Dancehall / News

Police Called Out After Closing Usain Bolt’s DRM Case As Beenie Man Faces Jail Time

The case against Usain Bolt for breaching the Disaster Risk Management Act has been dropped as the Jamaica Constabulary Force says it does not have enough to go on since the party was reported after the fact.

Last year in August, a surprise birthday breakfast bash was held for the legendary sprinter at Football Factory to celebrate his 34th birthday. The party included a range of VIP guests, including several high-profile footballers and entertainers.

Many who attended the event went to great pains as they posted on social media to mislead the public that the event was held the year prior and that it was a throwback party. However, some patrons did not get the message it seems and made contradicting posts online confirming that the party actually happened that day as they showed off their fancy breakfast party outfits and posted that they were at Bolt’s party.

The news of the party caused an uproar as the Jamaican government banned events and gatherings of over 15 people. Prime Minister Andrew Holness and Health Minister Chris Tufton had declared that there would be no favoritism in how the sprinting legend will be treated.

To make matters worse, there was also a reported spike of Covid-19 cases, which included the Sprinter himself becoming infected from the virus allegedly by one of the party patrons, some of whom had recently traveled and failed to quarantine as the government had ordered.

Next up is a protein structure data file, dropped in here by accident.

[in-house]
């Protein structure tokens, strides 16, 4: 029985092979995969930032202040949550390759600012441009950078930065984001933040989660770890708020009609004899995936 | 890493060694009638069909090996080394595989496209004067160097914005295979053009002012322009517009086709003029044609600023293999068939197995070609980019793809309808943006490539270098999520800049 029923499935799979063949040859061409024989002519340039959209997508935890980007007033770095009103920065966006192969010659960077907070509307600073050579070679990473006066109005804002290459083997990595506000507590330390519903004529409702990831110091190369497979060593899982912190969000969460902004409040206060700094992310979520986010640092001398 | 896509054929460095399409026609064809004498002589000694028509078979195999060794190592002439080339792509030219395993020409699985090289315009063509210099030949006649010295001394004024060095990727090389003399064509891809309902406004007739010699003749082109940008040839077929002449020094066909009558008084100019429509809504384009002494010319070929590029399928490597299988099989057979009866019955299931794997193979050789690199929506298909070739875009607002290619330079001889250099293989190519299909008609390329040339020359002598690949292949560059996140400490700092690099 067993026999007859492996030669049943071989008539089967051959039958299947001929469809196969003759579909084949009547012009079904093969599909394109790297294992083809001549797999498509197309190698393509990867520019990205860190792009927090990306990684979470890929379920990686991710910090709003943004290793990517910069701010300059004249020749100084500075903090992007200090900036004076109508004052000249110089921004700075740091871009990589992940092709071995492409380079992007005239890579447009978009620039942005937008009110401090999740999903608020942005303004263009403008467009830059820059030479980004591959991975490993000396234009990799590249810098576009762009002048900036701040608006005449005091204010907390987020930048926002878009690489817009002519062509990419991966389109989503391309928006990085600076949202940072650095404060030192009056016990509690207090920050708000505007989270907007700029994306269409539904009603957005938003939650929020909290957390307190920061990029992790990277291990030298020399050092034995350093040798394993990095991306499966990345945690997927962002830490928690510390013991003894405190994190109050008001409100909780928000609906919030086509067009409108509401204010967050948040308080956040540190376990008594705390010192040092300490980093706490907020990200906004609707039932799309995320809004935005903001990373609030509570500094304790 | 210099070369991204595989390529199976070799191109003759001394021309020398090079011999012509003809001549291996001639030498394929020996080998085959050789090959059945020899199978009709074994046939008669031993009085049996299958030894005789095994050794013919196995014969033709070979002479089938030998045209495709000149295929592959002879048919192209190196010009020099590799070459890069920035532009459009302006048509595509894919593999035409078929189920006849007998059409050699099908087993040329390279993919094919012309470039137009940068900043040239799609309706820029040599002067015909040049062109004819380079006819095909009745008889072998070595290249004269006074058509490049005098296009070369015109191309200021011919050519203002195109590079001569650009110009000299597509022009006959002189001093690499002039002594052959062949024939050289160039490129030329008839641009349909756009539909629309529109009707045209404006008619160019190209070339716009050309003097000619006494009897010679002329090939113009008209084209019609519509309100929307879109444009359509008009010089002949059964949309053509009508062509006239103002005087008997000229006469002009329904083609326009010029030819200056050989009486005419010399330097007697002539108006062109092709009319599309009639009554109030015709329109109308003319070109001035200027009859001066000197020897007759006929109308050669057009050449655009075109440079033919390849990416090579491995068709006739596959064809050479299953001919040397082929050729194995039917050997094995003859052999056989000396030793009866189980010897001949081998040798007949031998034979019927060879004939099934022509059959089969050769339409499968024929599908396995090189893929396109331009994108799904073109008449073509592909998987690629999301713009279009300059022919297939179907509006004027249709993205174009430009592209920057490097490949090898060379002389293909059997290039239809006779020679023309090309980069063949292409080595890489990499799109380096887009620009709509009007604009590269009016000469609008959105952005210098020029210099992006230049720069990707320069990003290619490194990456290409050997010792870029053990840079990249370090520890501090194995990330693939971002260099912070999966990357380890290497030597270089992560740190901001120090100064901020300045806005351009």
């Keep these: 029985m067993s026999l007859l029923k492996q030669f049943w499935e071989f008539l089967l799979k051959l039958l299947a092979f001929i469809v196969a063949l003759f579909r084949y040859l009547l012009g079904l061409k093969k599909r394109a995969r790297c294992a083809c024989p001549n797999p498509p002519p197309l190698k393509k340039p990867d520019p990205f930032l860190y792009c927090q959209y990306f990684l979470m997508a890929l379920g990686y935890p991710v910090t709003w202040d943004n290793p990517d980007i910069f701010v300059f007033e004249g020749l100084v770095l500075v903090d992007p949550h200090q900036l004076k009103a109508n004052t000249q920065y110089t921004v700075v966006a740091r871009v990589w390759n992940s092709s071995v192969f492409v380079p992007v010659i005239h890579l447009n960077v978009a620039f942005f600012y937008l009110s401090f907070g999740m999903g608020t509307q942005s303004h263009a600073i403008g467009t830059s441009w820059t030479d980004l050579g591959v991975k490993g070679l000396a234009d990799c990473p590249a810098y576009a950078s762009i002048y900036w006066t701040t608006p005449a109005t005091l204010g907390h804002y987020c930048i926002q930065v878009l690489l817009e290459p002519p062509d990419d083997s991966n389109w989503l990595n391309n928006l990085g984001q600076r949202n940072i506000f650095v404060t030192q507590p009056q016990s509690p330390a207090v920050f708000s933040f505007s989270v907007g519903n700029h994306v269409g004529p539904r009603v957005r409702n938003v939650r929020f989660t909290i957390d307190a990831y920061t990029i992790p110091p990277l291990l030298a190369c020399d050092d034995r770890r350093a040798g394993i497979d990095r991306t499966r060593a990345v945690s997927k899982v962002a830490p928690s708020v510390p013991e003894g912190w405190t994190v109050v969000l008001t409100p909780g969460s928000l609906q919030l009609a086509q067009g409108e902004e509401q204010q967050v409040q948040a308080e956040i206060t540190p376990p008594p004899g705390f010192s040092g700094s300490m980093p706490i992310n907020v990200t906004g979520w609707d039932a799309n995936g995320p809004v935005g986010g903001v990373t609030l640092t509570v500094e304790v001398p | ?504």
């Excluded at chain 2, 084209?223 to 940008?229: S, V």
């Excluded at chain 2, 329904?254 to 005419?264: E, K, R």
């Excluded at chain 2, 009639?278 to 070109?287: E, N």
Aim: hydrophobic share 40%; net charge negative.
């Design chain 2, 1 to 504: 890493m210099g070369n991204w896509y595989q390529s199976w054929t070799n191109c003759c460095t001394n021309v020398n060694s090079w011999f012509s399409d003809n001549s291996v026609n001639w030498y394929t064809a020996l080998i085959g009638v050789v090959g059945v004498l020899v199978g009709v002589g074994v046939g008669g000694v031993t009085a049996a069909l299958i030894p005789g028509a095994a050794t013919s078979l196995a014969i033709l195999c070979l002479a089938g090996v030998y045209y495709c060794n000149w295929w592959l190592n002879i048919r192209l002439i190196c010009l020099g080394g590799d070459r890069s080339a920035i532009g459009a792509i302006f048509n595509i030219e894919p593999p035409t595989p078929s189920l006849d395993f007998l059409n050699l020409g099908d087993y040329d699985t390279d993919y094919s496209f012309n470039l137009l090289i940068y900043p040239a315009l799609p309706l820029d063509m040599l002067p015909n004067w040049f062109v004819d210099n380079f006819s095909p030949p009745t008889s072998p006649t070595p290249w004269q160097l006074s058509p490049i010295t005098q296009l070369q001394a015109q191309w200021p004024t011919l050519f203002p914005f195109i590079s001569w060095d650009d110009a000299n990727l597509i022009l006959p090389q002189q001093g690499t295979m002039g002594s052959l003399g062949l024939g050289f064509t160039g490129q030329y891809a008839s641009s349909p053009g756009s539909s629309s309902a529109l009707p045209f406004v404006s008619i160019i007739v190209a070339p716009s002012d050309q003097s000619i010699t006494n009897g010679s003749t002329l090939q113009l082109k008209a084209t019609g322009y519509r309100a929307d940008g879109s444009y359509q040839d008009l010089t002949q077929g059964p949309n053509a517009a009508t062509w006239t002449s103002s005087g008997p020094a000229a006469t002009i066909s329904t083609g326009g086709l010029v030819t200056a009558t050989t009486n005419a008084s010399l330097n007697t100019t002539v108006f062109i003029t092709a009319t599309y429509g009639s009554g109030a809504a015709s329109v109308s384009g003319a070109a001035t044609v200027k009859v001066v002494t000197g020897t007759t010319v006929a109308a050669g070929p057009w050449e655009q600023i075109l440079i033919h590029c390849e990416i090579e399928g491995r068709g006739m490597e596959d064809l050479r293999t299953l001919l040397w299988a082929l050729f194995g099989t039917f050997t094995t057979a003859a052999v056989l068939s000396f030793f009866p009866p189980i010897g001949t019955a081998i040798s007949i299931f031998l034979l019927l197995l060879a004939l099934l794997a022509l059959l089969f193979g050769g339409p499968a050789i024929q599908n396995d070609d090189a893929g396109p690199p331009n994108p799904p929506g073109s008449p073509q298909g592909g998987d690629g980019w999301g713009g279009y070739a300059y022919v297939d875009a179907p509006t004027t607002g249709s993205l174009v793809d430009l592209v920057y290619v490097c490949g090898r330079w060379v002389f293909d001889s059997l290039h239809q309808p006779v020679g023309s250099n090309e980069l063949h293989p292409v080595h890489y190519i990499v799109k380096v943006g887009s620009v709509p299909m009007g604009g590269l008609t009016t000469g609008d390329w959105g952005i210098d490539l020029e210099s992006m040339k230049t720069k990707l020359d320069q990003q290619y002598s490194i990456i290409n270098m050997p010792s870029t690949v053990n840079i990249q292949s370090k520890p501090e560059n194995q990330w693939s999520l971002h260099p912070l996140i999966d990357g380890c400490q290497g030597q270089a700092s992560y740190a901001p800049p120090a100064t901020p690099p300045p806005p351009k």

Now, the police say Bolt will get off Scot-free as the investigation can go no further. However, Jamaicans are not taking the explanation of the police kindly.

On Sunday, the Senior Superintendent of Police Stephanie Lindsay said that the investigation has been shelved as the information that could be evidence was received after the event.

“that matter was closed because the Disaster Risk Management Act is designed that the person or persons must be warned by the police to stop and disperse. If they comply, that will be the end of it, but if they continue, then action will be taken,” Lindsay said. “So in that matter, we could not continue investigating because we got the footage of the event after it was completed, so he could not have been prosecuted under the Disaster Risk Management Act for a breach.”

Lindsay rejected the assertion by local journalists that Bolt was untouchable, and others in similar breaches, which include the likes of Beenie Man and local viral sensation Solanie, will face the consequences. Both Beenie Man and Solanie have been charged with breaches and are to appear in court to answer further to the charges.

Lindsay defended the investigation with Bolt as different.

“In that particular matter [Beenie Man], they were warned not to have the event because we got information that the event would have been held prior to and persons were warned not to. The police went and the event was happening, so because they were warned and they went ahead and did it, that constituted a breach.”

Beenie Man’s case is scheduled for sentencing in May. He pleaded guilty to the charges. The main evidence against the artist is a video of him promoting the party even while events were banned on the island due to the covid-19 pandemic. The police later reported that the party was still kept even as it had warned that keeping a party was in breach of the DRM Act. Beenie Man was later asked to report to the police, where he was charged.